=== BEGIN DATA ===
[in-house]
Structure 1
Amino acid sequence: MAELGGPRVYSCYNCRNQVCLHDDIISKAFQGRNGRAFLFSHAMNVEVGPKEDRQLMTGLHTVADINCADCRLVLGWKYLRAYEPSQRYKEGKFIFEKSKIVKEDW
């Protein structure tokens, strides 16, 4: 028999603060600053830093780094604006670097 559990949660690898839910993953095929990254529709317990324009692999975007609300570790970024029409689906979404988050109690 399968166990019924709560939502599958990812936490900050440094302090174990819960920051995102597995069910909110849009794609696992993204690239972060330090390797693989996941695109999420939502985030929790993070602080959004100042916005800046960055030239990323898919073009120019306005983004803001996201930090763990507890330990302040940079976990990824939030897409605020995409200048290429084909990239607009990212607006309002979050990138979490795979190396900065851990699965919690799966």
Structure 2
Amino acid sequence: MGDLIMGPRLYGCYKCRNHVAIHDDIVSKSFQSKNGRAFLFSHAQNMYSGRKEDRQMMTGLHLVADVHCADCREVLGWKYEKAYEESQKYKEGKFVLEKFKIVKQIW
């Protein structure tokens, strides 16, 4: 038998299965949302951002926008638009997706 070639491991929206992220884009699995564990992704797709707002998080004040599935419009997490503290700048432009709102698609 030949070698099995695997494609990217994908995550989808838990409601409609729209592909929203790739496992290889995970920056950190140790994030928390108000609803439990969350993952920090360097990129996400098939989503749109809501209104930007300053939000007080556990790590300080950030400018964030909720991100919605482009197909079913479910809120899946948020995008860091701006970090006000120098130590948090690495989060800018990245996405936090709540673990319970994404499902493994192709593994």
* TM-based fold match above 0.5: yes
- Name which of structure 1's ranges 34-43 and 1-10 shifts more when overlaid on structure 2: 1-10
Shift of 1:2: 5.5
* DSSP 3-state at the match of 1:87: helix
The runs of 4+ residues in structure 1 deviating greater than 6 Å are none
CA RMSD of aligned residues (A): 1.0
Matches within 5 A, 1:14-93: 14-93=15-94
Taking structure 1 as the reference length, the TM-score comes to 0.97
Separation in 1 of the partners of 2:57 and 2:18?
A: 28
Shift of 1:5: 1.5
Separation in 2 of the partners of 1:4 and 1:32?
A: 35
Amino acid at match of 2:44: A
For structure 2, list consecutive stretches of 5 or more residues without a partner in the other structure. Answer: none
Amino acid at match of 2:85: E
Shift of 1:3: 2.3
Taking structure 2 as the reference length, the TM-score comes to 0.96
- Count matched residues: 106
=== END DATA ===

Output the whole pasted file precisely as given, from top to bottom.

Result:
[in-house]
Structure 1
Amino acid sequence: MAELGGPRVYSCYNCRNQVCLHDDIISKAFQGRNGRAFLFSHAMNVEVGPKEDRQLMTGLHTVADINCADCRLVLGWKYLRAYEPSQRYKEGKFIFEKSKIVKEDW
């Protein structure tokens, strides 16, 4: 028999603060600053830093780094604006670097 559990949660690898839910993953095929990254529709317990324009692999975007609300570790970024029409689906979404988050109690 399968166990019924709560939502599958990812936490900050440094302090174990819960920051995102597995069910909110849009794609696992993204690239972060330090390797693989996941695109999420939502985030929790993070602080959004100042916005800046960055030239990323898919073009120019306005983004803001996201930090763990507890330990302040940079976990990824939030897409605020995409200048290429084909990239607009990212607006309002979050990138979490795979190396900065851990699965919690799966």
Structure 2
Amino acid sequence: MGDLIMGPRLYGCYKCRNHVAIHDDIVSKSFQSKNGRAFLFSHAQNMYSGRKEDRQMMTGLHLVADVHCADCREVLGWKYEKAYEESQKYKEGKFVLEKFKIVKQIW
């Protein structure tokens, strides 16, 4: 038998299965949302951002926008638009997706 070639491991929206992220884009699995564990992704797709707002998080004040599935419009997490503290700048432009709102698609 030949070698099995695997494609990217994908995550989808838990409601409609729209592909929203790739496992290889995970920056950190140790994030928390108000609803439990969350993952920090360097990129996400098939989503749109809501209104930007300053939000007080556990790590300080950030400018964030909720991100919605482009197909079913479910809120899946948020995008860091701006970090006000120098130590948090690495989060800018990245996405936090709540673990319970994404499902493994192709593994």
* TM-based fold match above 0.5: yes
- Name which of structure 1's ranges 34-43 and 1-10 shifts more when overlaid on structure 2: 1-10
Shift of 1:2: 5.5
* DSSP 3-state at the match of 1:87: helix
The runs of 4+ residues in structure 1 deviating greater than 6 Å are none
CA RMSD of aligned residues (A): 1.0
Matches within 5 A, 1:14-93: 14-93=15-94
Taking structure 1 as the reference length, the TM-score comes to 0.97
Separation in 1 of the partners of 2:57 and 2:18?
A: 28
Shift of 1:5: 1.5
Separation in 2 of the partners of 1:4 and 1:32?
A: 35
Amino acid at match of 2:44: A
For structure 2, list consecutive stretches of 5 or more residues without a partner in the other structure. Answer: none
Amino acid at match of 2:85: E
Shift of 1:3: 2.3
Taking structure 2 as the reference length, the TM-score comes to 0.96
- Count matched residues: 106